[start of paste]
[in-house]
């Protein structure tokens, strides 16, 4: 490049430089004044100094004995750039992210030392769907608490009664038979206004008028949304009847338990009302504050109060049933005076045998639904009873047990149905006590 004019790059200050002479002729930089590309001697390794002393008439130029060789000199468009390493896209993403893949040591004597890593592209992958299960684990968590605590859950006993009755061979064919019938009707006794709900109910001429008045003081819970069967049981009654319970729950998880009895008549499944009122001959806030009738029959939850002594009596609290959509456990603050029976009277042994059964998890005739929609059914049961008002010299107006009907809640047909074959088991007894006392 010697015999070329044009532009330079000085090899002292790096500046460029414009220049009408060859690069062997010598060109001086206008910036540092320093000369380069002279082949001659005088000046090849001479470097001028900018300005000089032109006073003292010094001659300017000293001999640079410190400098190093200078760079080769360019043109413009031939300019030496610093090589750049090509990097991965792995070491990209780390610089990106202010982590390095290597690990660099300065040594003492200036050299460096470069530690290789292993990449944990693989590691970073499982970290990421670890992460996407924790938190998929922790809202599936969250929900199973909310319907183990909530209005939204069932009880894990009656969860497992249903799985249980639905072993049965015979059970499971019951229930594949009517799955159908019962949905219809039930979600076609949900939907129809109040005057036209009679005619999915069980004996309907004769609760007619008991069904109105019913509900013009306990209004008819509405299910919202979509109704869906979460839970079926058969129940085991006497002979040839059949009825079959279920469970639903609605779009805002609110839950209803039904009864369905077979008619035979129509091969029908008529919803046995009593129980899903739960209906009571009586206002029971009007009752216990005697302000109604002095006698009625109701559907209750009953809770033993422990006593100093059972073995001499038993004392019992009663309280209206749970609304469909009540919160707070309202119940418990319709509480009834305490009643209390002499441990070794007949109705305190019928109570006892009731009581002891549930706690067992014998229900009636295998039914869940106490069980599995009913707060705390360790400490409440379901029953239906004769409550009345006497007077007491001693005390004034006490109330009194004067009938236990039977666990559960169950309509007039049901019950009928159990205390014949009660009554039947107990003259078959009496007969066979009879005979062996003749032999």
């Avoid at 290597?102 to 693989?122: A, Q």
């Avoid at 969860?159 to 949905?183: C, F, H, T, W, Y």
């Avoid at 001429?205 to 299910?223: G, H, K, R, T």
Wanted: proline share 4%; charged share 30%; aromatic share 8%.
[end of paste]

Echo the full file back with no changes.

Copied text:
[in-house]
């Protein structure tokens, strides 16, 4: 490049430089004044100094004995750039992210030392769907608490009664038979206004008028949304009847338990009302504050109060049933005076045998639904009873047990149905006590 004019790059200050002479002729930089590309001697390794002393008439130029060789000199468009390493896209993403893949040591004597890593592209992958299960684990968590605590859950006993009755061979064919019938009707006794709900109910001429008045003081819970069967049981009654319970729950998880009895008549499944009122001959806030009738029959939850002594009596609290959509456990603050029976009277042994059964998890005739929609059914049961008002010299107006009907809640047909074959088991007894006392 010697015999070329044009532009330079000085090899002292790096500046460029414009220049009408060859690069062997010598060109001086206008910036540092320093000369380069002279082949001659005088000046090849001479470097001028900018300005000089032109006073003292010094001659300017000293001999640079410190400098190093200078760079080769360019043109413009031939300019030496610093090589750049090509990097991965792995070491990209780390610089990106202010982590390095290597690990660099300065040594003492200036050299460096470069530690290789292993990449944990693989590691970073499982970290990421670890992460996407924790938190998929922790809202599936969250929900199973909310319907183990909530209005939204069932009880894990009656969860497992249903799985249980639905072993049965015979059970499971019951229930594949009517799955159908019962949905219809039930979600076609949900939907129809109040005057036209009679005619999915069980004996309907004769609760007619008991069904109105019913509900013009306990209004008819509405299910919202979509109704869906979460839970079926058969129940085991006497002979040839059949009825079959279920469970639903609605779009805002609110839950209803039904009864369905077979008619035979129509091969029908008529919803046995009593129980899903739960209906009571009586206002029971009007009752216990005697302000109604002095006698009625109701559907209750009953809770033993422990006593100093059972073995001499038993004392019992009663309280209206749970609304469909009540919160707070309202119940418990319709509480009834305490009643209390002499441990070794007949109705305190019928109570006892009731009581002891549930706690067992014998229900009636295998039914869940106490069980599995009913707060705390360790400490409440379901029953239906004769409550009345006497007077007491001693005390004034006490109330009194004067009938236990039977666990559960169950309509007039049901019950009928159990205390014949009660009554039947107990003259078959009496007969066979009879005979062996003749032999």
């Avoid at 290597?102 to 693989?122: A, Q």
């Avoid at 969860?159 to 949905?183: C, F, H, T, W, Y």
């Avoid at 001429?205 to 299910?223: G, H, K, R, T």
Wanted: proline share 4%; charged share 30%; aromatic share 8%.